Why, throw me in a yellow dress painted with brown zig zags, and call me the female Charlie Brown. The natural trials and tribulations of life often lead me to question everything's purpose, including my own from time to time. What is satirical is the fact that I felt as if everywhere I turned, there was some type of reassurance that the decision I had made was right. Signs; they were everywhere, and still are everywhere. It's in my fortune, it's in the scribble on the bathroom stalls, it's in the people who've been sent to me, the opportunities that come forth. In essence, It all feels very spiritual, and I never really considered myself to be a spiritual person.
The hardest part of being a performer is always having to have the switch turned "ON." Everyone knows that life is not comprised of rainbows and butterflies, but when it comes to the entertainment world, it's always better to appear as if it is. I have choked through seven days of performances, forcing myself out of the numbing hypnosis which otherwise would have left me with bed sores and a pillow soaked in tears. I do not possess a fake bone in my body. Anyone who knows me personally or who reads my writing; whether it be in the form of poetry, song, or this very blog, will be able to tell you that. I've vowed to remain honest, and I write from my heart because it's the only way I can successfully release and regain the clarity and perspective I need in order to continue pushing forward. Any artist I've ever admired or respected has done the same. There's a beauty to all that is ugly. It's there for a reason, it's there to teach us something.
Seldom for most artists is there a happy medium between the highs and lows in life. Creative people experience life and emotion in all extremities: The HIGHS are extremely high, the LOWS are extremely low. When we fall in love, we dive deep. We long to feel with every fiber of our existence, we yearn to experience, we fantasize.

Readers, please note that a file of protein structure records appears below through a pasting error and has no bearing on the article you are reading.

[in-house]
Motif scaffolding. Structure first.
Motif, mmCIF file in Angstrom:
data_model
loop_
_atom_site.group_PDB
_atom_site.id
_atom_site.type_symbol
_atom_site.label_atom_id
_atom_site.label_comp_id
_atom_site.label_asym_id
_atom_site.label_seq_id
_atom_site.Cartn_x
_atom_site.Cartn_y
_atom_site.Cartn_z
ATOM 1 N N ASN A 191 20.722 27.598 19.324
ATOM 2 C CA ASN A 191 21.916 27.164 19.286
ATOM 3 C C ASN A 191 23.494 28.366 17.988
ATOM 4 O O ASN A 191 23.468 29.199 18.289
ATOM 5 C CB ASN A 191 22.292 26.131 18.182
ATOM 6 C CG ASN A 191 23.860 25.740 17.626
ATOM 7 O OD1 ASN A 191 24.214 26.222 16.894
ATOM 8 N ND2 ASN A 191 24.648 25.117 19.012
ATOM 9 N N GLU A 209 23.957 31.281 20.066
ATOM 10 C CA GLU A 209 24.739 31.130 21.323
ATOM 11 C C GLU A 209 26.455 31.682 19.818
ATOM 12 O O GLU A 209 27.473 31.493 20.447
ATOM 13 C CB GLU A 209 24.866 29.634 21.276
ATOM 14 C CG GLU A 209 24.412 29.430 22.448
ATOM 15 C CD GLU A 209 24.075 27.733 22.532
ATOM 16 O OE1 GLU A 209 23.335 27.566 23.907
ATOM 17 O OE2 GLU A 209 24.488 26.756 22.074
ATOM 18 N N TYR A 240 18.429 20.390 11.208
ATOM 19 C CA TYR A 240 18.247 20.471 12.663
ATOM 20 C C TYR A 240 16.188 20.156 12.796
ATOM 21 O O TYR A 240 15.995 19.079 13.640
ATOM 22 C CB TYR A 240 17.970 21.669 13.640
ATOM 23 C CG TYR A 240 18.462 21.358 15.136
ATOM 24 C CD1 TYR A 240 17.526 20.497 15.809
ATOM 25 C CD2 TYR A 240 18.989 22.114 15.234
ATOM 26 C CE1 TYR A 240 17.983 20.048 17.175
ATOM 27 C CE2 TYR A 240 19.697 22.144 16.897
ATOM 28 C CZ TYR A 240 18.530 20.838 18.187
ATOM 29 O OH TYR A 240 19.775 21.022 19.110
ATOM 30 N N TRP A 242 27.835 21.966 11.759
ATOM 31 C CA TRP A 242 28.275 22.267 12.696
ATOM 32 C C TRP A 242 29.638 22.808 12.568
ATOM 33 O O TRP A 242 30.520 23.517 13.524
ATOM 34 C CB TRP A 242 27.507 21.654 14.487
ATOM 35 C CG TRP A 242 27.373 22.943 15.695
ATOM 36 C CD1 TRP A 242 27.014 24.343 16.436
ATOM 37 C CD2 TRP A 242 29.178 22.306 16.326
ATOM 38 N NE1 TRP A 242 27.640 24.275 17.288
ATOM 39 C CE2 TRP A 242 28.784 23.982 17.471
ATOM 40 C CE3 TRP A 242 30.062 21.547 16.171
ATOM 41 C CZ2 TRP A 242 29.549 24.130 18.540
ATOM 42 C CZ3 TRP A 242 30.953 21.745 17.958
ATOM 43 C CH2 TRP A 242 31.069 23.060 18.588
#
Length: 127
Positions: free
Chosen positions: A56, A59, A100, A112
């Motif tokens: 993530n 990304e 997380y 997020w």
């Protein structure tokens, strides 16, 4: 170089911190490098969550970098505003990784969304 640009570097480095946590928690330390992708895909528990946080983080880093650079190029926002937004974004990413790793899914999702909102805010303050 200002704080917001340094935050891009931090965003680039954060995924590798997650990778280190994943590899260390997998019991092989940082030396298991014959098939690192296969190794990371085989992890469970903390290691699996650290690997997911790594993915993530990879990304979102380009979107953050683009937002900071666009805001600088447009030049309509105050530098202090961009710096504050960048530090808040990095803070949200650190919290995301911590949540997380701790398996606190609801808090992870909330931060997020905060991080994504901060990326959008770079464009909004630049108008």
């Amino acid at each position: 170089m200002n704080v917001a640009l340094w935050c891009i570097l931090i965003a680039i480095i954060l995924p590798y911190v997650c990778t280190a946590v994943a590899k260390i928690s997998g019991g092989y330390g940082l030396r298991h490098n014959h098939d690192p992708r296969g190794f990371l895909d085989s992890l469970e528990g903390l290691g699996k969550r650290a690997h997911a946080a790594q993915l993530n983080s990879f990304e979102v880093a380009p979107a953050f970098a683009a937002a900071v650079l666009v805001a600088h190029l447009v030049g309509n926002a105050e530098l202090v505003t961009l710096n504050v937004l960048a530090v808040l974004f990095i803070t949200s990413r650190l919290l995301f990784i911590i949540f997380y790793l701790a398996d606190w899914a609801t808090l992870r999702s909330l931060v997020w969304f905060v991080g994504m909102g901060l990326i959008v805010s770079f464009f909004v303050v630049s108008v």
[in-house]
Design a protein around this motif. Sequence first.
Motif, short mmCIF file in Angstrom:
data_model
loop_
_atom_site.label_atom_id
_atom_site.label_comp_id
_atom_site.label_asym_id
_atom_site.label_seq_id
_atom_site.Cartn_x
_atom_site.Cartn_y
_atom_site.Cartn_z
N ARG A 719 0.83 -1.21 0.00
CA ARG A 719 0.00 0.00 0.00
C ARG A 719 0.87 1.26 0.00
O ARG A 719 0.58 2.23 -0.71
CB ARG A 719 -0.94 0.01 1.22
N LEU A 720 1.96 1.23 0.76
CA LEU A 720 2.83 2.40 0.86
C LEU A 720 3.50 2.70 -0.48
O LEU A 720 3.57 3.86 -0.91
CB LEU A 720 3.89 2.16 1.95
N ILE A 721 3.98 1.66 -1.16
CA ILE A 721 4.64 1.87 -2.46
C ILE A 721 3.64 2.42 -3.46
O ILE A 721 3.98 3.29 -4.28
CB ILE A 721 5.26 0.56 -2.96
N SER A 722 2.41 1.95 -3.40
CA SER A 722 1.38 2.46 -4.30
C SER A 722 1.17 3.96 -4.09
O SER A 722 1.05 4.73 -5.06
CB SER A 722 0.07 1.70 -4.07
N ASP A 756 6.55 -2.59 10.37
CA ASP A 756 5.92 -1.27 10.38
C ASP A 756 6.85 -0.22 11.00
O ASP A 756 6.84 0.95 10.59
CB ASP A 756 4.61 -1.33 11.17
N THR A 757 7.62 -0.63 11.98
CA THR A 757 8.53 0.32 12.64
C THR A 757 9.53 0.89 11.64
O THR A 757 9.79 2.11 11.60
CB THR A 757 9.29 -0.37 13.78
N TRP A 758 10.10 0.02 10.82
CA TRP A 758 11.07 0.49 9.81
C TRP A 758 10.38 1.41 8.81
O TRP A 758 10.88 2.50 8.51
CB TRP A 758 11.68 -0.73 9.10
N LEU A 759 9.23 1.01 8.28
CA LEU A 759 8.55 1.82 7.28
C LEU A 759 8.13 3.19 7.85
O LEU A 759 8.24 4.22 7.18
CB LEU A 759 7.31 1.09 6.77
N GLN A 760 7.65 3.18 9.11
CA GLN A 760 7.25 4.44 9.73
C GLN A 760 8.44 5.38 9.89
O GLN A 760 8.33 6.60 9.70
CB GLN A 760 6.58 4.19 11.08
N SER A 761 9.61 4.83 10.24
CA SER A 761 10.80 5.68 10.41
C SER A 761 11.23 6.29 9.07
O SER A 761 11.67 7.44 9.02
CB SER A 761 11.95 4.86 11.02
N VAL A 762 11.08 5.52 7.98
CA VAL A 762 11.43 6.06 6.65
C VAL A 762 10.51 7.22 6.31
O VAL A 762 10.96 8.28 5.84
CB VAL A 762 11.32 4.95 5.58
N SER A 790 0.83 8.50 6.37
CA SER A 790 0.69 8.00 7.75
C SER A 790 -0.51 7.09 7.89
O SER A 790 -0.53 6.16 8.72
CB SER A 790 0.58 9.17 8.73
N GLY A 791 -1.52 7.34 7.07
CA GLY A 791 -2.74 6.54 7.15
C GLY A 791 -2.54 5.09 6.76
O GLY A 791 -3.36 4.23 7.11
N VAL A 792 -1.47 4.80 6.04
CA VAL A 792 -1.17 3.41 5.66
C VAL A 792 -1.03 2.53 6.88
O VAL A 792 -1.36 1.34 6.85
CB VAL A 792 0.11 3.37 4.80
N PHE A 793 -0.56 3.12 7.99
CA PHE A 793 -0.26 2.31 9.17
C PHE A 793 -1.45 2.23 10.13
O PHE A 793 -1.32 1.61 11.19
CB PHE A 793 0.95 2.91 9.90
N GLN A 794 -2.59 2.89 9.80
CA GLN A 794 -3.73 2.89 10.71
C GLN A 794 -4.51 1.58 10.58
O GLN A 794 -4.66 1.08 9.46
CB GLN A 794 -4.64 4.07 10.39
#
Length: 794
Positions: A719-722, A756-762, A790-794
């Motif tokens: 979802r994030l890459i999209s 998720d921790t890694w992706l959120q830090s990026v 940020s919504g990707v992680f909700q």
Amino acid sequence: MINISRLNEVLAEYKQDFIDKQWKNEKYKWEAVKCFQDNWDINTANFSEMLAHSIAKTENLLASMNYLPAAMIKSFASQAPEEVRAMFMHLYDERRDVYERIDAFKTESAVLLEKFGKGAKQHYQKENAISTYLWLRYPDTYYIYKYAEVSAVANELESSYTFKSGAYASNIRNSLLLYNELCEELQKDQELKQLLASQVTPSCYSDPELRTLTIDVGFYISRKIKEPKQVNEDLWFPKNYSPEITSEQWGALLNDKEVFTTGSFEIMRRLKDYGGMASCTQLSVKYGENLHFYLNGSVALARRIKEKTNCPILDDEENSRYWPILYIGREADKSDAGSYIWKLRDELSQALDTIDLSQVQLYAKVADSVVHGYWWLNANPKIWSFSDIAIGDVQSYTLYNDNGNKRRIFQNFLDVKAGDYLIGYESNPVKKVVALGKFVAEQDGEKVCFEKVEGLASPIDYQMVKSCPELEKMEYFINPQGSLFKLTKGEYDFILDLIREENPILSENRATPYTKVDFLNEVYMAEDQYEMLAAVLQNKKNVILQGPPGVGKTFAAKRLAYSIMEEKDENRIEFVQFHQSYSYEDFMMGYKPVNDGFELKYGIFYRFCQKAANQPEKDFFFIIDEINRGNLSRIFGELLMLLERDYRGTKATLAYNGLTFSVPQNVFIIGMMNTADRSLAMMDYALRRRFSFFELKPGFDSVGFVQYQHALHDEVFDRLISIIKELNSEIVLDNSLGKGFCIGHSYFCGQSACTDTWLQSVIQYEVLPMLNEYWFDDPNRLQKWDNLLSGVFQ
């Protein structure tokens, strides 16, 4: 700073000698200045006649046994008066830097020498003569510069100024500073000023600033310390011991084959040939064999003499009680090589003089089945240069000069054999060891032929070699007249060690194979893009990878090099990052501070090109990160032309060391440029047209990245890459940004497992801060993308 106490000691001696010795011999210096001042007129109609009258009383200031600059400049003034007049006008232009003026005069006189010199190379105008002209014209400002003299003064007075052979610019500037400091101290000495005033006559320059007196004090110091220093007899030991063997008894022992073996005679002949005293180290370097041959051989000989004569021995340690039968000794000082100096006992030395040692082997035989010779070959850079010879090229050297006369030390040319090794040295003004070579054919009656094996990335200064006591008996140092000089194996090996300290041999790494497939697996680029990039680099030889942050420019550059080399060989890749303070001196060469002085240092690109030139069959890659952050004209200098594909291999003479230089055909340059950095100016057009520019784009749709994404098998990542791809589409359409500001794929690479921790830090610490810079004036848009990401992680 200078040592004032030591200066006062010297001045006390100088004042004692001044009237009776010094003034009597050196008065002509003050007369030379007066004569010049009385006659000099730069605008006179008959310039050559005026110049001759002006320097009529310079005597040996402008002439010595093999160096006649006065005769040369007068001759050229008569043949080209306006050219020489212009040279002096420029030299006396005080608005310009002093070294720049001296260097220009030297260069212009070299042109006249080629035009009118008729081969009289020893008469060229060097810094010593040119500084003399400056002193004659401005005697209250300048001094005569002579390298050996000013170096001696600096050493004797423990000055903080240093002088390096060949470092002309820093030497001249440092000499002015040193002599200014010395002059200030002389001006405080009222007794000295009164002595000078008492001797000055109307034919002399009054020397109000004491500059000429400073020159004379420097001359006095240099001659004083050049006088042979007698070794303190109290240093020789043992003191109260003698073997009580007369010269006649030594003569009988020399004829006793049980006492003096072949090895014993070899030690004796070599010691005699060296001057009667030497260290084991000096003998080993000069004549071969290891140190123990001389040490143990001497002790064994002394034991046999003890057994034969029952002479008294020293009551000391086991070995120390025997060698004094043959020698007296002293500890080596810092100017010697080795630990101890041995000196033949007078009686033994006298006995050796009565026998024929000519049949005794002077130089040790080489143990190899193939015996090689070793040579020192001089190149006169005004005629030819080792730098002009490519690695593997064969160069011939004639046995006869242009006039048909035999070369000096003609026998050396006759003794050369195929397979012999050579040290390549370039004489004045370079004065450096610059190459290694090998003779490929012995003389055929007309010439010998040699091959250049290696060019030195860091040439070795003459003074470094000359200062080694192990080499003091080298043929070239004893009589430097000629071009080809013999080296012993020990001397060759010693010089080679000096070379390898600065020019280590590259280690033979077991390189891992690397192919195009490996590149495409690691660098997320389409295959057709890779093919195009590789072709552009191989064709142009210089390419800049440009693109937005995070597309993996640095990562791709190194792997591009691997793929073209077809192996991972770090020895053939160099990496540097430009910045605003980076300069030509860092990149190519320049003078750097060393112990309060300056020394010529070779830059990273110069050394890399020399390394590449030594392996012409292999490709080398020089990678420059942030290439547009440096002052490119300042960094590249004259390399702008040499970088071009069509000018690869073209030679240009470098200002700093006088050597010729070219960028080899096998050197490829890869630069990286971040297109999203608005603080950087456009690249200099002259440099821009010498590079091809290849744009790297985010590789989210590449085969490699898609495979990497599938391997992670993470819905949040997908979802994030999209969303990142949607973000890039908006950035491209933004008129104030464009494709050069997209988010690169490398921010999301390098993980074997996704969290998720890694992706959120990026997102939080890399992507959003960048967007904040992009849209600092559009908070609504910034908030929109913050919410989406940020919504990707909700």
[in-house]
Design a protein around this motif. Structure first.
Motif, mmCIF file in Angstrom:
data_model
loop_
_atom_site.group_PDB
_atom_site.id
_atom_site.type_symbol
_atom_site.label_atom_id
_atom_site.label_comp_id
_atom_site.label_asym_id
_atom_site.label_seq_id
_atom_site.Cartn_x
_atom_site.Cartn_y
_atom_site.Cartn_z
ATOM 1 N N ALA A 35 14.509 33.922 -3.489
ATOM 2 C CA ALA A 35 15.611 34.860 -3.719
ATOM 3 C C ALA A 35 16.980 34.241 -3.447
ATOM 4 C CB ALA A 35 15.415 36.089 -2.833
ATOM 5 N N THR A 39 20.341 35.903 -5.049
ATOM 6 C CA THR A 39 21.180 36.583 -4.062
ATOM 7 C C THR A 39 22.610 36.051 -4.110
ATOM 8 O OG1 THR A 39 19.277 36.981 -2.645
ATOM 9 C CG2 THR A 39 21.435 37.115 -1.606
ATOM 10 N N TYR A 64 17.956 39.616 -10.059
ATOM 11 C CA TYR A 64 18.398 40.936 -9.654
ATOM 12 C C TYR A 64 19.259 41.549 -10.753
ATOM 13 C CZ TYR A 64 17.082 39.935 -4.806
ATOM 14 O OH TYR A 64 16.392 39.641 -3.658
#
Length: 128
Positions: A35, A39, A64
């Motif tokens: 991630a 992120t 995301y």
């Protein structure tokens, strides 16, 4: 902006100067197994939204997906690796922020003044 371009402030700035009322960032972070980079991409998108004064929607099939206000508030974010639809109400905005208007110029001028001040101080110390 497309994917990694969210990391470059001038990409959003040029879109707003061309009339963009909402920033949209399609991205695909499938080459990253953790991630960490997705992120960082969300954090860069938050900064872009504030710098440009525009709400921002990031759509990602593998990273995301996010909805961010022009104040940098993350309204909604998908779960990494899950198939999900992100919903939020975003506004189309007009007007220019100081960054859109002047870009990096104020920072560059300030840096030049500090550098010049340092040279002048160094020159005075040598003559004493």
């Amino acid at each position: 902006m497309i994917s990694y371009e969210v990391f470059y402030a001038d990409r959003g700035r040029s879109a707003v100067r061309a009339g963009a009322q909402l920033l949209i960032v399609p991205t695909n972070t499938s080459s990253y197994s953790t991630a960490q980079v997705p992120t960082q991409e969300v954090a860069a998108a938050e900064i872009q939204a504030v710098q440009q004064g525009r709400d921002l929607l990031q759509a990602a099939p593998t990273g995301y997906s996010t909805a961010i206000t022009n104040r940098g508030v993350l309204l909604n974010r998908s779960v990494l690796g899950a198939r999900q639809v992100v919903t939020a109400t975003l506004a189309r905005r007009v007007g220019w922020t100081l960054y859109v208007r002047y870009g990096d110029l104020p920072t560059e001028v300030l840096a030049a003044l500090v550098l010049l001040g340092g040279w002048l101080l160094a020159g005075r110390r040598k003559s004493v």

The past eight months have brought me HIGHS that could have shattered the sky, and LOWS that could have buried me deep into the earth with the artifacts of the world. April 4th I will be entering the next bracket in life. Soon to have invested thirty years down, this next decade I vow to live purposefully happy. In establishing a vow to myself, I've come to head with change, and the painful decision to release certain people from my life. I've covered A LOT of ground in my twenties; I've experienced college, I've built a life in a city far away from home, I've been married, I've divorced, I've traveled, I've discovered my purpose, I've built a career for myself, I've loved and been loved, I've lost and been lost. With each lesson came a dose of pain. Reflecting back, I now understand that it was the "Good Grief" in life that helped shape me into the confident woman I am today.
The social ability that I possess to converse with just about anyone is a trait I've gratefully inherited from my mother. The past eight days I've struggled to outrun the storming cloud, torrentially down pouring over my head.. My heart has never felt soo broken, and I've never felt soo empty. After coming out of a divorce, I didn't think it was humanly possible to feel anymore heartbreak or disappointment. To be brought back to a dark place after experiencing an elevated level of happiness made me want to set myself and the world ablaze. Self doubt, anger, crying spells, mourning of an absence, panic; all became a very consuming, mundane part of my day. In the midst of all this, I had one of the busiest working weeks to perform to the best of my ability. Channeling all negativity creatively and surrounding myself with the genuine loves of my life has helped me to regain consciousness during both devastations.
What's ironic, is that throughout both periods of grief, I've experienced random encounters with strangers who also were grieving for completely unrelated reasons. This week is a PERFECT example. Monday night, after hosting Lemoncello's Fresh Squeezed, I was packing up my belongings as a nice man at the bar began to talk to me, and offered me a drink. I sat next to him at the bar, and through conversation I found out that just a few days before, he had lost his long term girlfriend to the evils of addiction. Wounded and with glossy eyes, we spoke of one another's heartbreak, and tried to make sense of it all. We spoke of loss and absence, perseverance and moving forward. By conversation's end, we shook hands and wished one another's heart a sincere, healthy recovery. That same evening, earlier I also received a text. The text was from one of my musician friends who recommended and passed my telephone number to a friend who was looking for a piano player to perform at her father's funeral service.